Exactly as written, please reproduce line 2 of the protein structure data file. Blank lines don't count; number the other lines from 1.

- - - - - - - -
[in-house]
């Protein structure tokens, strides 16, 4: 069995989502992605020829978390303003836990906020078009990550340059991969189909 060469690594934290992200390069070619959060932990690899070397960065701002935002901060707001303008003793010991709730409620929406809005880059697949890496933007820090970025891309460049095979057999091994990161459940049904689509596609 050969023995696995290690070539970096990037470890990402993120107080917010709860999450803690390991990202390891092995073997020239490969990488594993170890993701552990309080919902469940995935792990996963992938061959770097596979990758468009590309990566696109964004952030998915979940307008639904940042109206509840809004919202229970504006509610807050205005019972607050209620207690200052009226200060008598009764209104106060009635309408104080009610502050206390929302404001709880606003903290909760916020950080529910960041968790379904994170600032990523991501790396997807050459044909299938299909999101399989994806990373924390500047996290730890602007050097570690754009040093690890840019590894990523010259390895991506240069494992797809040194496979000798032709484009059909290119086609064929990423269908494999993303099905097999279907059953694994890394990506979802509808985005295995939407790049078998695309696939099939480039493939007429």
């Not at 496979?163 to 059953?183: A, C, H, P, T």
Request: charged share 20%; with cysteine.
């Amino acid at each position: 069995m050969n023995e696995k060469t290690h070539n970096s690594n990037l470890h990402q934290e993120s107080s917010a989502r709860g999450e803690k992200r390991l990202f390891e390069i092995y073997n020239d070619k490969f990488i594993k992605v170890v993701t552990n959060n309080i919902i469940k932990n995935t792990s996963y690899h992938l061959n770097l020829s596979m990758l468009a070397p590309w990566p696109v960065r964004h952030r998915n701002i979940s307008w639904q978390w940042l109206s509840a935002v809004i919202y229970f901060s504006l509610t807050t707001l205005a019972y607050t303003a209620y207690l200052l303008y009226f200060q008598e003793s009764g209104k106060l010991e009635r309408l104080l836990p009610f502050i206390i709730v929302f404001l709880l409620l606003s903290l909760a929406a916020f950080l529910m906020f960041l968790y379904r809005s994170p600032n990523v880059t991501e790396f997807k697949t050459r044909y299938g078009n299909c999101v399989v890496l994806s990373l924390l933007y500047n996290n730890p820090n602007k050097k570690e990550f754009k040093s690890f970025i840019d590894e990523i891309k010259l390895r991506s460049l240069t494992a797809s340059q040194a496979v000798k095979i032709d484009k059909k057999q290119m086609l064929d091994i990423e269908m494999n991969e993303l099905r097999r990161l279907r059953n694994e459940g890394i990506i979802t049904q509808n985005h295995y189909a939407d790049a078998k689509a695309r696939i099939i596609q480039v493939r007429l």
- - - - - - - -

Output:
């Protein structure tokens, strides 16, 4: 069995989502992605020829978390303003836990906020078009990550340059991969189909 060469690594934290992200390069070619959060932990690899070397960065701002935002901060707001303008003793010991709730409620929406809005880059697949890496933007820090970025891309460049095979057999091994990161459940049904689509596609 050969023995696995290690070539970096990037470890990402993120107080917010709860999450803690390991990202390891092995073997020239490969990488594993170890993701552990309080919902469940995935792990996963992938061959770097596979990758468009590309990566696109964004952030998915979940307008639904940042109206509840809004919202229970504006509610807050205005019972607050209620207690200052009226200060008598009764209104106060009635309408104080009610502050206390929302404001709880606003903290909760916020950080529910960041968790379904994170600032990523991501790396997807050459044909299938299909999101399989994806990373924390500047996290730890602007050097570690754009040093690890840019590894990523010259390895991506240069494992797809040194496979000798032709484009059909290119086609064929990423269908494999993303099905097999279907059953694994890394990506979802509808985005295995939407790049078998695309696939099939480039493939007429």